News from the Archives provides readers with news concerning U.S. Women's History from archives and repositories with collections and projects of interest. If you are affiliated with an archive or repository and would like to submit an announcement that you feel would be of interest to our readers, please contact Tanya Zanish-Belcher at email@example.com.
A number of articles relating to women's archives has recently been published in Library Trends and are available online through BNET at http://www.bnet.com/?tag=header;logo
Mason, Kären and Tanya Zanish-Belcher. "Raising the archival consciousness: how women's archives challenge traditional approaches to collecting and use, or, what's in a name?" Library Trends (Fall 2007)
Abstract: This article examines archival collecting, taking as case studies two women's archives. Drawing on their experiences building the collections of the Archives of Women in Science and Engineering (Iowa State University) and the Iowa Women's Archives (University of Iowa), the authors explore how such efforts challenge traditional approaches to collecting. Proactive collecting, such as oral history projects focused on Latinas or women scientists, helps fill gaps in the historical record by encouraging people who have not traditionally been donors to participate in building and using diverse archival collections.
Sachs, Honor R. "Reconstructing a life: the archival challenges of women's history." Library Trends (Winter 2008)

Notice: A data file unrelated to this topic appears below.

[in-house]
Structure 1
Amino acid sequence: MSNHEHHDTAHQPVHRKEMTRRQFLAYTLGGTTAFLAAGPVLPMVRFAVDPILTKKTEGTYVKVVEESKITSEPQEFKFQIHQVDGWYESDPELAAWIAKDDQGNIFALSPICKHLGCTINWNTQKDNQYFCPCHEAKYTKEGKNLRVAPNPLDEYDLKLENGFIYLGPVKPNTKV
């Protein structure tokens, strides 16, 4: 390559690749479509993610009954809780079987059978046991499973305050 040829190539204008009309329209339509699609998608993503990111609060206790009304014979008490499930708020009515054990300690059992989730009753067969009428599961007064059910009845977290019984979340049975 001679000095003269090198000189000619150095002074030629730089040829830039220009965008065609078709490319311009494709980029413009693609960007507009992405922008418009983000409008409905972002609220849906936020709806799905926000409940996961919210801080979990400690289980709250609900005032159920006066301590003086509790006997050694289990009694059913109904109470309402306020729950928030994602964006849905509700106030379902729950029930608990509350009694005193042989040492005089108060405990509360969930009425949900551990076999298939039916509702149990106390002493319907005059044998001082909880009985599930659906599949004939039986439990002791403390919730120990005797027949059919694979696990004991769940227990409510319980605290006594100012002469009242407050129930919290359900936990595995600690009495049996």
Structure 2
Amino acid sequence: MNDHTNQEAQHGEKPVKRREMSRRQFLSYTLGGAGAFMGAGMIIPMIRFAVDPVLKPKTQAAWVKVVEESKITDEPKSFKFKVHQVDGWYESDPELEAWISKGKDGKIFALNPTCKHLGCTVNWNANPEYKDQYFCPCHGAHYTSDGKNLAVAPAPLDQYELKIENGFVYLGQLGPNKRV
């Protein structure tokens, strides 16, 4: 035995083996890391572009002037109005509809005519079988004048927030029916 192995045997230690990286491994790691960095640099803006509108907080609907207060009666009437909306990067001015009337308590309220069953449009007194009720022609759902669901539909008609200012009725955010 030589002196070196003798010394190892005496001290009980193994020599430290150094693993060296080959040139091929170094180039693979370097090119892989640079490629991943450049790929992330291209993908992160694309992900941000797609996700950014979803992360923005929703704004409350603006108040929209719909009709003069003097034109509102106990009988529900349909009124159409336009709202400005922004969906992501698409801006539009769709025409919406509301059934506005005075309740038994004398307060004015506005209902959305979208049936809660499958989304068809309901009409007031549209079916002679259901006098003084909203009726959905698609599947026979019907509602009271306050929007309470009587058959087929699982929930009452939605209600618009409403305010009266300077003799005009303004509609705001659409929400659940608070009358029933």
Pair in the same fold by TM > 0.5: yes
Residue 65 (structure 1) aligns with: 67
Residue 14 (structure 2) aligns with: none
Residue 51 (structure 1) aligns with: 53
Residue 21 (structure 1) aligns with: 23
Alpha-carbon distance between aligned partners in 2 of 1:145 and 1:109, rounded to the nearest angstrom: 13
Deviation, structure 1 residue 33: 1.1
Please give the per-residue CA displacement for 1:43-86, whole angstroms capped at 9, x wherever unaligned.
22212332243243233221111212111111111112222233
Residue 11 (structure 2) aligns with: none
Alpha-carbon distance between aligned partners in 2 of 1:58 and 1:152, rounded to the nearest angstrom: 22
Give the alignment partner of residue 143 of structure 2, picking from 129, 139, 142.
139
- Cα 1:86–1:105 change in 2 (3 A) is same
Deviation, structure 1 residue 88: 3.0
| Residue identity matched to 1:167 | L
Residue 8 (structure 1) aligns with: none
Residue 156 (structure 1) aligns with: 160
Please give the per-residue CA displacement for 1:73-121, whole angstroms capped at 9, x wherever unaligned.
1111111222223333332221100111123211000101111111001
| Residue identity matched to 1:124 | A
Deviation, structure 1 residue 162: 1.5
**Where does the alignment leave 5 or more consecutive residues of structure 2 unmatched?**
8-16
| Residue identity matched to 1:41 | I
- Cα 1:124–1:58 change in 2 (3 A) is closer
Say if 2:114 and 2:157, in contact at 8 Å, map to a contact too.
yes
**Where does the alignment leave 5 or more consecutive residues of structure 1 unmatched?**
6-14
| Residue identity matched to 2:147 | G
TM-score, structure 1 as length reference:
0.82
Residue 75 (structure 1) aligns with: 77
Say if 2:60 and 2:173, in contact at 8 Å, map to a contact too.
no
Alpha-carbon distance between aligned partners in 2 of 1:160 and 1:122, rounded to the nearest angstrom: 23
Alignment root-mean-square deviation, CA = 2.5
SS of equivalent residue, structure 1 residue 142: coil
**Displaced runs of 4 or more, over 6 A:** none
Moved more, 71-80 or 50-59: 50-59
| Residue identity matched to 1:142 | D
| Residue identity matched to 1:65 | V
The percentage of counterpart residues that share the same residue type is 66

Abstract: The field of women's history emerged and developed through the joint efforts of scholars, librarians, and archivists. When the field emerged in the early 1970s, the combined labor of individuals in these academic disciplines unearthed otherwise obscure archival evidence, shaped a new framework for research, and fueled dynamic inquiry into the historic experiences and modern understandings of women's lives. Despite such collaborative origins, historians do not always incorporate a broad understanding of library and archive practice into their scholarship. By illustrating efforts to reconstruct the life of one eighteenth-century woman on the Kentucky frontier, this essay illustrates how knowledge of archival collection and provenance provides vital perspective on historical experience. Given the long tradition of collaboration between librarians, archivists, and women's historians, this essay suggests that renewed attention to such relationships will provide important new opportunities for future research.
Schlesinger Library (Cambridge, MA)
The Schlesinger Library is sponsoring a new exhibit, "Women of Spirit: Religion, Voice, and Social Justice," which will be open through October 2, 2008. As noted in their exhibit description, "The women featured in this exhibit have sacrificed much and gained much in their search for authority and power in the realm of religion. A collection of correspondence, sermons, photographs, pamphlets, and published material with topics such as suffrage, anti-poverty work, peace advocacy, and human rights will be on display."
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